The aloha quilt : an Elm Creek Quilts novel / Jennifer Chiaverini.
p. cm.
1. Compson, Sylvia (Fictitious character)—Fiction. 2. Quilting—Fiction.
3. Quiltmakers—Fiction. 4. Quilts—Fiction. 5. Divorce—Fiction.
6. Hawaii—Fiction. 7. Domestic fiction. I. Title.
PS3553.H473A79 2010

ISBN 978-1-4165-3318-4
eISBN: 978-1-4391-9986-2

To Denise Roy


I am grateful to Denise Roy, Maria Massie, Kate Ankofski, Kimberly Cowser, Mara Lurie,
Kate Lapin, and Melanie Parks for their contributions to
The Aloha Quilt
and their ongoing support of the Elm Creek Quilts series.

Thanks also to Tara Shaughnessy, who helped care for my sons during the time I wrote
this book, and to my teammates from Just For Kicks, Oh-Thirty, and Más Cervesas for
providing me with great workouts, camaraderie, and stress relief.

I offer a heartfelt
to the people of Hawaii who generously shared their stories with me and showed me
the true meaning of the
spirit, especially Dan and Amy Martin, my hosts at Ho‘oilo House in Lahaina; Suzanne
Ayers of the Baldwin House for her informative and intriguing discussions of Lahaina’s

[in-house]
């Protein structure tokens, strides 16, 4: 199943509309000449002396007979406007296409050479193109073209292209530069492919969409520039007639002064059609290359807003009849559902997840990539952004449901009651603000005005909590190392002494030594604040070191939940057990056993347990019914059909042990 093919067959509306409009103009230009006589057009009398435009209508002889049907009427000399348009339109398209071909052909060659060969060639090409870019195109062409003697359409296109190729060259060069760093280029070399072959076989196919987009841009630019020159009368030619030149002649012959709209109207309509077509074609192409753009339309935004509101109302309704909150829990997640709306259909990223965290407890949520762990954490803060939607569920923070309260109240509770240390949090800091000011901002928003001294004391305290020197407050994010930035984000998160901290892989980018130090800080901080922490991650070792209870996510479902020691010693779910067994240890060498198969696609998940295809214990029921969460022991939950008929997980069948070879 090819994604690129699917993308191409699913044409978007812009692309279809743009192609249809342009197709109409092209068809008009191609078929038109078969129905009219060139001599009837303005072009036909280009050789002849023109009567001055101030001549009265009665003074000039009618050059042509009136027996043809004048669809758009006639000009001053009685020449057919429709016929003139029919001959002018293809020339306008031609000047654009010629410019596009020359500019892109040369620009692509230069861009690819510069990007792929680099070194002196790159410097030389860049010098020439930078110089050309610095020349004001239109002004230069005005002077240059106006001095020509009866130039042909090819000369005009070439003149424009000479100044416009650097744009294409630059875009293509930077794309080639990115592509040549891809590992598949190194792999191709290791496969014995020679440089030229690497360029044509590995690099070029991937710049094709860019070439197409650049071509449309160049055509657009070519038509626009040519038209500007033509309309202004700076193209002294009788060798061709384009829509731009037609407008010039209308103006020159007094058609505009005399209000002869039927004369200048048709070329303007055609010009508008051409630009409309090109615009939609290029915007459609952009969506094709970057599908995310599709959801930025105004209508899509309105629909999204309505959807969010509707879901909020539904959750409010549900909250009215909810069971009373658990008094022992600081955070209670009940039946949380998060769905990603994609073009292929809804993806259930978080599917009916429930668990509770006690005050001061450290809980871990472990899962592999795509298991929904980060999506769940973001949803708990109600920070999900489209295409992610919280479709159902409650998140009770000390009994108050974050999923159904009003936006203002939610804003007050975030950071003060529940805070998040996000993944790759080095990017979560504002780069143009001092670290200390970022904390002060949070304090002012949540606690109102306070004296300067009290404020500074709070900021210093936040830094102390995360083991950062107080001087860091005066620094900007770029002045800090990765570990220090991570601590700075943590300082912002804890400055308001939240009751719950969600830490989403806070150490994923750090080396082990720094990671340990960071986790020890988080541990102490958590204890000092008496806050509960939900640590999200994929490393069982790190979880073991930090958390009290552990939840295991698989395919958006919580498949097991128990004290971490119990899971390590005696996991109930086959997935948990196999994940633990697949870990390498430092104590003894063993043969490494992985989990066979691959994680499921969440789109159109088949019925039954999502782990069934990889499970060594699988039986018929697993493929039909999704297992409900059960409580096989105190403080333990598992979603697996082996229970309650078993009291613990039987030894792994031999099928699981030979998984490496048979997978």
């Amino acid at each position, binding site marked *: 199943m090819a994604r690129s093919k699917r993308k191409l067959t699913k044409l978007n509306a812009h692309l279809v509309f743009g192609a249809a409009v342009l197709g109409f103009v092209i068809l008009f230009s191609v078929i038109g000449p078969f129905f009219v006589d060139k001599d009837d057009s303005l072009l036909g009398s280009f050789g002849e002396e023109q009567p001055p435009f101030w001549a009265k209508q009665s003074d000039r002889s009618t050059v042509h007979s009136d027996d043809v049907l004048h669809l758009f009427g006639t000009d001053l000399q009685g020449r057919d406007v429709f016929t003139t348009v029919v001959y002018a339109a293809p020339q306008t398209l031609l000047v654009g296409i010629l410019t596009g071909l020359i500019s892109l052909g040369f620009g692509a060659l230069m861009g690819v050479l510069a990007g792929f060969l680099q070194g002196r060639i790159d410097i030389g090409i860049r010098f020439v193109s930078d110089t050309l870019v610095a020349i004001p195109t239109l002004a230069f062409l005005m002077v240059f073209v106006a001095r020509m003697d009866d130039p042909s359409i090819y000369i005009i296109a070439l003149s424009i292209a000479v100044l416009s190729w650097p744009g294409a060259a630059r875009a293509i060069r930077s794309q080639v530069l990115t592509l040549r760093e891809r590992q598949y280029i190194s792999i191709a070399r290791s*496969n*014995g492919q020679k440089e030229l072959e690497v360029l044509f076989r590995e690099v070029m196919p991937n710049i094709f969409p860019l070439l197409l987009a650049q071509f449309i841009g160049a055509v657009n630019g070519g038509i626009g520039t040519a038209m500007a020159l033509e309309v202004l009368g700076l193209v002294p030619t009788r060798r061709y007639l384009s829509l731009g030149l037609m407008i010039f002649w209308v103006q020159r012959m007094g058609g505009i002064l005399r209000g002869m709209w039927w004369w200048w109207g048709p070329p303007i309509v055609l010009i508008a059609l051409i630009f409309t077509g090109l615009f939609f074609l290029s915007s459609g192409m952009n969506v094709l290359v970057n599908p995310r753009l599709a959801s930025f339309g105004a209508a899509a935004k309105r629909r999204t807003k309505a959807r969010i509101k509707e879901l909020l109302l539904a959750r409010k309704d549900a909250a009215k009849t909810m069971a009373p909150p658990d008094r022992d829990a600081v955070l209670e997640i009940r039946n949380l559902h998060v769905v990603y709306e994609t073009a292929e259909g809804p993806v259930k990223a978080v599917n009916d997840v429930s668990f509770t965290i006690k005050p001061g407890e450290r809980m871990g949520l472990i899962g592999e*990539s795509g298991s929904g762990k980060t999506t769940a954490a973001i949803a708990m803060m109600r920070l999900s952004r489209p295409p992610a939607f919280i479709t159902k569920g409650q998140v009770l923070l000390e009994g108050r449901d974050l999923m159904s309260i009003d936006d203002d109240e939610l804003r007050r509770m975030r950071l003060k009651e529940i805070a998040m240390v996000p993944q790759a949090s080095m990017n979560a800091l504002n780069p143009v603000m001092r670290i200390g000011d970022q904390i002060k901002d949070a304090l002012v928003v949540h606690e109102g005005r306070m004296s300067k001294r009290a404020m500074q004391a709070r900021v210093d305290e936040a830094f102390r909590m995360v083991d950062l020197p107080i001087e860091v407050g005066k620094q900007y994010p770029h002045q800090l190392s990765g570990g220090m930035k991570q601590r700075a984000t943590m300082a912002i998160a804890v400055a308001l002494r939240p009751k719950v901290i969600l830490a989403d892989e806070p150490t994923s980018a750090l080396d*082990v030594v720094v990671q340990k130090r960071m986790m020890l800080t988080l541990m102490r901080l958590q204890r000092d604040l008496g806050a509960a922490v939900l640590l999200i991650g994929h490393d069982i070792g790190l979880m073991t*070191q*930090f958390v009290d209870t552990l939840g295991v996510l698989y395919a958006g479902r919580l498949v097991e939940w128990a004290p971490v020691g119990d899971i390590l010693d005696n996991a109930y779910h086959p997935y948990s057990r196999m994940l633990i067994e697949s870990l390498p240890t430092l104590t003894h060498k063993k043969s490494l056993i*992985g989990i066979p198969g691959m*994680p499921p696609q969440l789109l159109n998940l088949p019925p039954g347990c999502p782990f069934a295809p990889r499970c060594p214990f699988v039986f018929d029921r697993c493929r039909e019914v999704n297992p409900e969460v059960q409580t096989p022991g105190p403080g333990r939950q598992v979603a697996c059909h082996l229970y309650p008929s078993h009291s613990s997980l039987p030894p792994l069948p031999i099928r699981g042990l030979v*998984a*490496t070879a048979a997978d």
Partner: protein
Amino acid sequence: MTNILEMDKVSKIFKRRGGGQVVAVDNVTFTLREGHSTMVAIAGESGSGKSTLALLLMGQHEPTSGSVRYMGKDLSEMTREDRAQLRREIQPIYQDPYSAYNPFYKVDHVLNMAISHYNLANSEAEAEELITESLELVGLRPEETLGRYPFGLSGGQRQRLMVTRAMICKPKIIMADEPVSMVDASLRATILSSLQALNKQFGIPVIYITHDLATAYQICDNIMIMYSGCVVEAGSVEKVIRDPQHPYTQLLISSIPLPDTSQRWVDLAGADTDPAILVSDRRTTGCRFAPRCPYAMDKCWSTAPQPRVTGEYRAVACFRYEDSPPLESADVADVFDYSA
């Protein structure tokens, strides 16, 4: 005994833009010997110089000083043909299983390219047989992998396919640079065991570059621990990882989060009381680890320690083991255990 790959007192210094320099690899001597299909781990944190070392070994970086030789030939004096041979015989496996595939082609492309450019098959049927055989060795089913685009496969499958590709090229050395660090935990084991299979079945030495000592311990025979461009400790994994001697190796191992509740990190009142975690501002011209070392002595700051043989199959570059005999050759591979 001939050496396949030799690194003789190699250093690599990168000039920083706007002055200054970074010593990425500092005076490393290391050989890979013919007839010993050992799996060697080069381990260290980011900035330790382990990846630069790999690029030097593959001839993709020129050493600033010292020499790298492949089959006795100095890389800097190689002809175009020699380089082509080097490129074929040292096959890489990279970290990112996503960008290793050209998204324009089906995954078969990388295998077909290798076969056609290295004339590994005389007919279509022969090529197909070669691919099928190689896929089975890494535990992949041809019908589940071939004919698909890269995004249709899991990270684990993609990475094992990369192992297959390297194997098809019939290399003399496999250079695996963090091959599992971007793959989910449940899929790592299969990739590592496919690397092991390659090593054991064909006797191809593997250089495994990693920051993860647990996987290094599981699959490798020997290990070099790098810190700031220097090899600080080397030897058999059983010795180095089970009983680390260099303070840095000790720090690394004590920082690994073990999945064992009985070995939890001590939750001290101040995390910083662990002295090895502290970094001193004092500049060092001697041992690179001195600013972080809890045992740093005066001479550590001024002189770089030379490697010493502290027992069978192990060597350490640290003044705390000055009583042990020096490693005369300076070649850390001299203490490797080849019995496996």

history; Höküao Pellegrino of the Kamehameha Schools Enrichment Department for help
with the Hawaiian language; Eva Humphrey and Peter Delapinia of Mele Ukulele for their
suggestions, demonstrations, and a delightful concert; and Mandy Kaili of the Maui
Historical Society for answering my questions about

I offer hugs and thanks to the friends and family who never fail to support and encourage
me, especially Geraldine Neidenbach, Heather Neidenbach, Nic Neidenbach, Leonard and
Marlene Chiaverini, Brian Grover, and my boys, Marty, Nicholas, and Michael Chiaverini.

The Aloha Quilt

Chapter One

From the bedroom doorway, Sylvia Bergstrom Compson Cooper regarded the taped and labeled